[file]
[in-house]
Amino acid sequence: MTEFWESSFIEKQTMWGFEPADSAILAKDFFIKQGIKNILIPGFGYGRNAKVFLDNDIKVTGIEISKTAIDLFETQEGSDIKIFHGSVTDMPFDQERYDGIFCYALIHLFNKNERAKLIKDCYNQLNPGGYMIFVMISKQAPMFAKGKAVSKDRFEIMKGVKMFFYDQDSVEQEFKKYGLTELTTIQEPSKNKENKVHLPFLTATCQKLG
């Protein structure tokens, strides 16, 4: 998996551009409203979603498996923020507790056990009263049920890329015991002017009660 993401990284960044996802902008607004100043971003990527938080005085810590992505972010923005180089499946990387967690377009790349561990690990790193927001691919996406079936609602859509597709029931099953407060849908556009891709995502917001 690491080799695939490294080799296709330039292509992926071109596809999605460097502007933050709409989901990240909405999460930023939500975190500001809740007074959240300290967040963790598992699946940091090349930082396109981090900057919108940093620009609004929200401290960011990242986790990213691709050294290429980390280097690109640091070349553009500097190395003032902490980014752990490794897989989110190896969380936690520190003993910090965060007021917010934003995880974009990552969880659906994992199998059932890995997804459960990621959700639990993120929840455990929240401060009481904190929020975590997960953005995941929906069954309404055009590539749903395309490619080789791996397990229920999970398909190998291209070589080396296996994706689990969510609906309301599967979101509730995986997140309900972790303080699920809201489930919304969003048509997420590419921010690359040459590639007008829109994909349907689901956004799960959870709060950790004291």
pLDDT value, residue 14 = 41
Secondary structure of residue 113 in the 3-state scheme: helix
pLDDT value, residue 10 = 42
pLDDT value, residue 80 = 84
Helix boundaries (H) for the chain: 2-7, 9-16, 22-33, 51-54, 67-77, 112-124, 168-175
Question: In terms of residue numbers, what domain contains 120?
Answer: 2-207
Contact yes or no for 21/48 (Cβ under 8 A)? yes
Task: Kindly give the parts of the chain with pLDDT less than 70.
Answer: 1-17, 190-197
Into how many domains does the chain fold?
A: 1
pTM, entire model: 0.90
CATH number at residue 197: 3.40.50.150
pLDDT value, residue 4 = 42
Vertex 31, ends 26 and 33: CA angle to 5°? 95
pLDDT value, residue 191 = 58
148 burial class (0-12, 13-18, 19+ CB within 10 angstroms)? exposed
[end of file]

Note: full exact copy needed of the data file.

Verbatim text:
[in-house]
Amino acid sequence: MTEFWESSFIEKQTMWGFEPADSAILAKDFFIKQGIKNILIPGFGYGRNAKVFLDNDIKVTGIEISKTAIDLFETQEGSDIKIFHGSVTDMPFDQERYDGIFCYALIHLFNKNERAKLIKDCYNQLNPGGYMIFVMISKQAPMFAKGKAVSKDRFEIMKGVKMFFYDQDSVEQEFKKYGLTELTTIQEPSKNKENKVHLPFLTATCQKLG
């Protein structure tokens, strides 16, 4: 998996551009409203979603498996923020507790056990009263049920890329015991002017009660 993401990284960044996802902008607004100043971003990527938080005085810590992505972010923005180089499946990387967690377009790349561990690990790193927001691919996406079936609602859509597709029931099953407060849908556009891709995502917001 690491080799695939490294080799296709330039292509992926071109596809999605460097502007933050709409989901990240909405999460930023939500975190500001809740007074959240300290967040963790598992699946940091090349930082396109981090900057919108940093620009609004929200401290960011990242986790990213691709050294290429980390280097690109640091070349553009500097190395003032902490980014752990490794897989989110190896969380936690520190003993910090965060007021917010934003995880974009990552969880659906994992199998059932890995997804459960990621959700639990993120929840455990929240401060009481904190929020975590997960953005995941929906069954309404055009590539749903395309490619080789791996397990229920999970398909190998291209070589080396296996994706689990969510609906309301599967979101509730995986997140309900972790303080699920809201489930919304969003048509997420590419921010690359040459590639007008829109994909349907689901956004799960959870709060950790004291």
pLDDT value, residue 14 = 41
Secondary structure of residue 113 in the 3-state scheme: helix
pLDDT value, residue 10 = 42
pLDDT value, residue 80 = 84
Helix boundaries (H) for the chain: 2-7, 9-16, 22-33, 51-54, 67-77, 112-124, 168-175
Question: In terms of residue numbers, what domain contains 120?
Answer: 2-207
Contact yes or no for 21/48 (Cβ under 8 A)? yes
Task: Kindly give the parts of the chain with pLDDT less than 70.
Answer: 1-17, 190-197
Into how many domains does the chain fold?
A: 1
pTM, entire model: 0.90
CATH number at residue 197: 3.40.50.150
pLDDT value, residue 4 = 42
Vertex 31, ends 26 and 33: CA angle to 5°? 95
pLDDT value, residue 191 = 58
148 burial class (0-12, 13-18, 19+ CB within 10 angstroms)? exposed